5. The free energy change (G) is equal to zero in an equilibrium state.
6. Equilibrium is achieved in its own time by the system.

Chemical Equilibrium can be classified into one more category as

1. Homogeneous equilibrium
2. Heterogeneous equilibrium

## Homogeneous equilibrium

All reactants and products are in the same phase in homogeneous equilibrium.

Example

${PCl}_{5}\left(g\right)⇌{PCl}_{3}\left(g\right)+{Cl}_{2}\left(g\right)$

PCl5(g) (yellow colour) is the sole substance present in the container at first. PCl5(g) decomposes when heated. PCl3(g)(blue colour) and Cl2(g) (orange colour) begins to appear in the beaker. The homogeneous equilibrium is reached after time t.

All reactant and products are in gaseous phase(Phases are identified by their boundaries) and cannot be distinguished. So, they are in homogenous equilibrium.

.

Other examples

${H}_{2}\left(g\right)+{Cl}_{2}\left(g\right)⇌2HCl\left(g\right)$

${C}_{2}{H}_{5}OH\left(l\right)+C{H}_{3}COOH\left(l\right)⇌C{H}_{3}COO{C}_{2}{H}_{5}\left(l\right)+{H}_{2}O\left(l\right)$

Note:

(i) Because gasses are miscible with one another, a gaseous mixture is always in a state of homogenous equilibrium.

(ii) Depending on the miscibility of the liquids present, liquid can either exist in homogeneous equilibrium or in heterogeneous equilibrium.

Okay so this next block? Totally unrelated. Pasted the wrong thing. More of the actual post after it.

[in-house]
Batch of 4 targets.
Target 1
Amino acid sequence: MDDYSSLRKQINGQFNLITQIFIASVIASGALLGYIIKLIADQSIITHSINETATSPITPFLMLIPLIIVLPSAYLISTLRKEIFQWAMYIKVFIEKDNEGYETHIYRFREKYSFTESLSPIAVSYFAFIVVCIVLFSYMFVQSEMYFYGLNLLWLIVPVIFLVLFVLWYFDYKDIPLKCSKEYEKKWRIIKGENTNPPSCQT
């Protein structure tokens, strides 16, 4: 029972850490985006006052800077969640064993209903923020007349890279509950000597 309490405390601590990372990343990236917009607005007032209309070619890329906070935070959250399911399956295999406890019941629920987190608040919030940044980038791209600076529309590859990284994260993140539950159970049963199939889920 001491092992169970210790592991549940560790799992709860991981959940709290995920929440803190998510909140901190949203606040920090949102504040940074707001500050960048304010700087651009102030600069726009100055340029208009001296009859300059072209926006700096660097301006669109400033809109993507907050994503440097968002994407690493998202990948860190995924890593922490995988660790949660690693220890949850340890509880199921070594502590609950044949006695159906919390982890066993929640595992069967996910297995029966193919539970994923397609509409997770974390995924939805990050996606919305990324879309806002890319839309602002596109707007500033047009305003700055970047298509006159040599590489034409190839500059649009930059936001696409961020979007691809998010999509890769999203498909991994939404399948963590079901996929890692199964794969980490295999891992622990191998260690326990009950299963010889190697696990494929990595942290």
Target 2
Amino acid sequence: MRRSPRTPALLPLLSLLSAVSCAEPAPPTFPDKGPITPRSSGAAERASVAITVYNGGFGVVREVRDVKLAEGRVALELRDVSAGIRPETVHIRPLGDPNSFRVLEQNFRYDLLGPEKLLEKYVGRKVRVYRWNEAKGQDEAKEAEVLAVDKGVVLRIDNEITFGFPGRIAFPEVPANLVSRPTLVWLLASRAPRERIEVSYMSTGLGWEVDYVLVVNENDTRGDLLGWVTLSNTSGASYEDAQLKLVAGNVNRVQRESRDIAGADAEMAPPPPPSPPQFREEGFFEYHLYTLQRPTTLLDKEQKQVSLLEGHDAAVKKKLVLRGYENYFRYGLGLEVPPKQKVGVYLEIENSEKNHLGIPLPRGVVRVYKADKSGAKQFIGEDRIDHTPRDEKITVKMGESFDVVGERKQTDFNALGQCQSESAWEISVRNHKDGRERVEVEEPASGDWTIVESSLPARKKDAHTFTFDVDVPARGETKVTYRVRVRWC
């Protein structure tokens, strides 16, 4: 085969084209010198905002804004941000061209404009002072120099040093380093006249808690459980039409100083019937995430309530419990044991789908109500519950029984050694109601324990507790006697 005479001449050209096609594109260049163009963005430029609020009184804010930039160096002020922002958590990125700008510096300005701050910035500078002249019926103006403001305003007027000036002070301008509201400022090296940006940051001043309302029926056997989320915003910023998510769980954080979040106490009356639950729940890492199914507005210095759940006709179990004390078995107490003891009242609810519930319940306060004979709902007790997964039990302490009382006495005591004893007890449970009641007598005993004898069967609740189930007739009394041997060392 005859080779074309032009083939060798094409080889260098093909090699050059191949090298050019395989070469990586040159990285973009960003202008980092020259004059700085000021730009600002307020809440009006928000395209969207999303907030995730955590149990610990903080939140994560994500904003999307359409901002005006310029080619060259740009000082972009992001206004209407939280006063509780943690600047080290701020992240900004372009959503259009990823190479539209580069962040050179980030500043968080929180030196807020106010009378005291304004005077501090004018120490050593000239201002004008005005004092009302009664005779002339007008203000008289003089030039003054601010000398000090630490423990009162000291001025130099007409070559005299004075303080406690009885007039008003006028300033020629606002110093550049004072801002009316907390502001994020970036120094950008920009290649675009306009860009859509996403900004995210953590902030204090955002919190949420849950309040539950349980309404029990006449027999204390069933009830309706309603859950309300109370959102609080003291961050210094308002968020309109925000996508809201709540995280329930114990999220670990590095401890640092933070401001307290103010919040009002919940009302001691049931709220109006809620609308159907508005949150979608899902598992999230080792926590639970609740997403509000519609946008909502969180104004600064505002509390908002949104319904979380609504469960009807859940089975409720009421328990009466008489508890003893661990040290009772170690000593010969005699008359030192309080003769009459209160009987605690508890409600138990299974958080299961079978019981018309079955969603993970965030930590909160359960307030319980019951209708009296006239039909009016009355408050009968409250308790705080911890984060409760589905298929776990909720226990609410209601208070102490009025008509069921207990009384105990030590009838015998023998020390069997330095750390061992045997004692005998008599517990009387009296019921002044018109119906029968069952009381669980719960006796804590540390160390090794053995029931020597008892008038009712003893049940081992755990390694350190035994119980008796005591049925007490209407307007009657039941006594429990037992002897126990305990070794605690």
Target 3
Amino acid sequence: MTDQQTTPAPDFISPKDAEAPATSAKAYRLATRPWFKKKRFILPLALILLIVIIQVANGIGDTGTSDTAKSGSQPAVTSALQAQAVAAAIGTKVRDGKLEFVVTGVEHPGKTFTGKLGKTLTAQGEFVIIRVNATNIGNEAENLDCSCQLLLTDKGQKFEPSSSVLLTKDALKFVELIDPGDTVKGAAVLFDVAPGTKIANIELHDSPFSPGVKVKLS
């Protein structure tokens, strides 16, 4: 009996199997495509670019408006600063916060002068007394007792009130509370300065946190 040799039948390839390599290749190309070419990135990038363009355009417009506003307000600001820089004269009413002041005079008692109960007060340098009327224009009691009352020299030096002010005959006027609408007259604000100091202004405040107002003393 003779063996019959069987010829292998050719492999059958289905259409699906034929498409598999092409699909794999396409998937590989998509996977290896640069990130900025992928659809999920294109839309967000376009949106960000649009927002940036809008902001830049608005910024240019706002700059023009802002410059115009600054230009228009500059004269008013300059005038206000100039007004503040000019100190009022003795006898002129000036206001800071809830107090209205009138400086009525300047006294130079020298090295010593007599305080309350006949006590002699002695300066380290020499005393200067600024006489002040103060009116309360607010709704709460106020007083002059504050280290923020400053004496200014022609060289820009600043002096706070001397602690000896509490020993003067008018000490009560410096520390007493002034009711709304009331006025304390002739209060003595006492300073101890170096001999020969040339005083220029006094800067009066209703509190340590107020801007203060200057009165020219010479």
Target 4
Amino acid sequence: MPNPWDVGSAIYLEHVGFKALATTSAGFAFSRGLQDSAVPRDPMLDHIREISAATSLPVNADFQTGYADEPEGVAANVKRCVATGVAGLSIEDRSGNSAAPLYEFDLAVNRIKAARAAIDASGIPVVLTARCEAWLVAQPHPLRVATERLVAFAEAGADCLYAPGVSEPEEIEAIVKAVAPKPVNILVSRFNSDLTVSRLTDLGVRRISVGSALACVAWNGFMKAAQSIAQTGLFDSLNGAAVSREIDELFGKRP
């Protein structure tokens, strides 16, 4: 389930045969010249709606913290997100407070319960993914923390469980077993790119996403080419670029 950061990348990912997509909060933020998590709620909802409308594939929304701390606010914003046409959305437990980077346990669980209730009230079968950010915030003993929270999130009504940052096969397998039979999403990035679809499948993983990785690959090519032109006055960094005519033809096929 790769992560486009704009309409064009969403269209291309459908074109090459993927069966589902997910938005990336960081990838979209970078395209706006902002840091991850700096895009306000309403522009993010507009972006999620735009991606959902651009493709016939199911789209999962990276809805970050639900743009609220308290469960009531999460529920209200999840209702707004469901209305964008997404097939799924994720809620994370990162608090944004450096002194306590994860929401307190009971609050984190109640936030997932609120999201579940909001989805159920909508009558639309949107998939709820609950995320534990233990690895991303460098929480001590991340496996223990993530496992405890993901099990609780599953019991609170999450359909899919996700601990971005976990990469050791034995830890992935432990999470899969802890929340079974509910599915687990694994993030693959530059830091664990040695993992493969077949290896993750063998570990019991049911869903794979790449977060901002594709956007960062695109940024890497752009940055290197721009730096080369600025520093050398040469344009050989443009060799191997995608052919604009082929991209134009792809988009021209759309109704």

(iii) Because solids are immiscible with one another, they are always in a state of heterogeneous equilibrium.

## Heterogeneous Equilibrium

The reactants and products are in more than one phase in heterogeneous equilibrium.

Example:

In the reaction, , the reactants and products are in different

phases (solid and gas).

0-11:47

## Practice Problems:

Q1. Which of the following graphs most accurately depicts the equilibrium A⇌B?

Solution: In graph (A), (B) and (C), a drop in the reactant concentration and an increase in the product concentration are the same.

Graph (D) cannot be the proper graph because the concentrations of both the reactant and the product are falling.

Hence, Right answers are (A), (B) and (C).

Q2. The production of ND3 is carried out under the same partial pressure and temperature circumstances as for NH3. The equilibrium mixtures of H2, N2, NH3, and D2, N2, and ND3 are mixed and set aside for a while. Will equilibrium mixtures react and if yes then how?

Solution: Yes, The equilibrium mixtures will react and form a number of new species.

${N}_{2}\left(g\right)+3{D}_{2}\left(g\right)⇌{2ND}_{3}\left(g\right)$

${N}_{2}\left(g\right)+3{H}_{2}\left(g\right)⇌{2NH}_{3}\left(g\right)$

When the two mixtures are combined, along with these reactions, H2 and D2 combine to produce HD via the reaction:

${H}_{2}\left(g\right)+{D}_{2}\left(g\right)⇌2HD\left(g\right)$

The produced HD also reacts with N2 to form NHD2 and NH2D, as seen below: